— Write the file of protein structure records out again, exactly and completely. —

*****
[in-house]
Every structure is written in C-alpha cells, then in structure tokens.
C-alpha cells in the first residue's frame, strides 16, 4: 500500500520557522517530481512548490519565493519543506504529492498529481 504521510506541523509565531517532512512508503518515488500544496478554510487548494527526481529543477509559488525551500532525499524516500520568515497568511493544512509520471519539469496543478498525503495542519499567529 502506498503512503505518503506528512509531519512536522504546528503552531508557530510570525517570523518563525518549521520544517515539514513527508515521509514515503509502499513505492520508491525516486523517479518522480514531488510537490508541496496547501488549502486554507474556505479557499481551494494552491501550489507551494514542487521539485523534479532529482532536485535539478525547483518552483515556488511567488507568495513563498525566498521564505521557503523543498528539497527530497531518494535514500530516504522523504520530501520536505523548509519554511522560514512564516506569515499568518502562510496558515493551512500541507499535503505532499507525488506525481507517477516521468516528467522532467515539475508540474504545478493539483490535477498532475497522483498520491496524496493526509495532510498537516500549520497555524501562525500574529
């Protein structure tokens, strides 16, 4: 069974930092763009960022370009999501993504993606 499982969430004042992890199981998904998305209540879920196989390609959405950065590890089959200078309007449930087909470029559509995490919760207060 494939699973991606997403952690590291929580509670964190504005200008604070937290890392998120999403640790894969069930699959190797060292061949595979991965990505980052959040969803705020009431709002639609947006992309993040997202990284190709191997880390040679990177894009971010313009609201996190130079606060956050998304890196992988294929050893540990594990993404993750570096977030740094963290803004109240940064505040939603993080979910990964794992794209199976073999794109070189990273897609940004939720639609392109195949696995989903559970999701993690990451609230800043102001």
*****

[in-house]
Every structure is written in C-alpha cells, then in structure tokens.
C-alpha cells in the first residue's frame, strides 16, 4: 500500500520557522517530481512548490519565493519543506504529492498529481 504521510506541523509565531517532512512508503518515488500544496478554510487548494527526481529543477509559488525551500532525499524516500520568515497568511493544512509520471519539469496543478498525503495542519499567529 502506498503512503505518503506528512509531519512536522504546528503552531508557530510570525517570523518563525518549521520544517515539514513527508515521509514515503509502499513505492520508491525516486523517479518522480514531488510537490508541496496547501488549502486554507474556505479557499481551494494552491501550489507551494514542487521539485523534479532529482532536485535539478525547483518552483515556488511567488507568495513563498525566498521564505521557503523543498528539497527530497531518494535514500530516504522523504520530501520536505523548509519554511522560514512564516506569515499568518502562510496558515493551512500541507499535503505532499507525488506525481507517477516521468516528467522532467515539475508540474504545478493539483490535477498532475497522483498520491496524496493526509495532510498537516500549520497555524501562525500574529
């Protein structure tokens, strides 16, 4: 069974930092763009960022370009999501993504993606 499982969430004042992890199981998904998305209540879920196989390609959405950065590890089959200078309007449930087909470029559509995490919760207060 494939699973991606997403952690590291929580509670964190504005200008604070937290890392998120999403640790894969069930699959190797060292061949595979991965990505980052959040969803705020009431709002639609947006992309993040997202990284190709191997880390040679990177894009971010313009609201996190130079606060956050998304890196992988294929050893540990594990993404993750570096977030740094963290803004109240940064505040939603993080979910990964794992794209199976073999794109070189990273897609940004939720639609392109195949696995989903559970999701993690990451609230800043102001």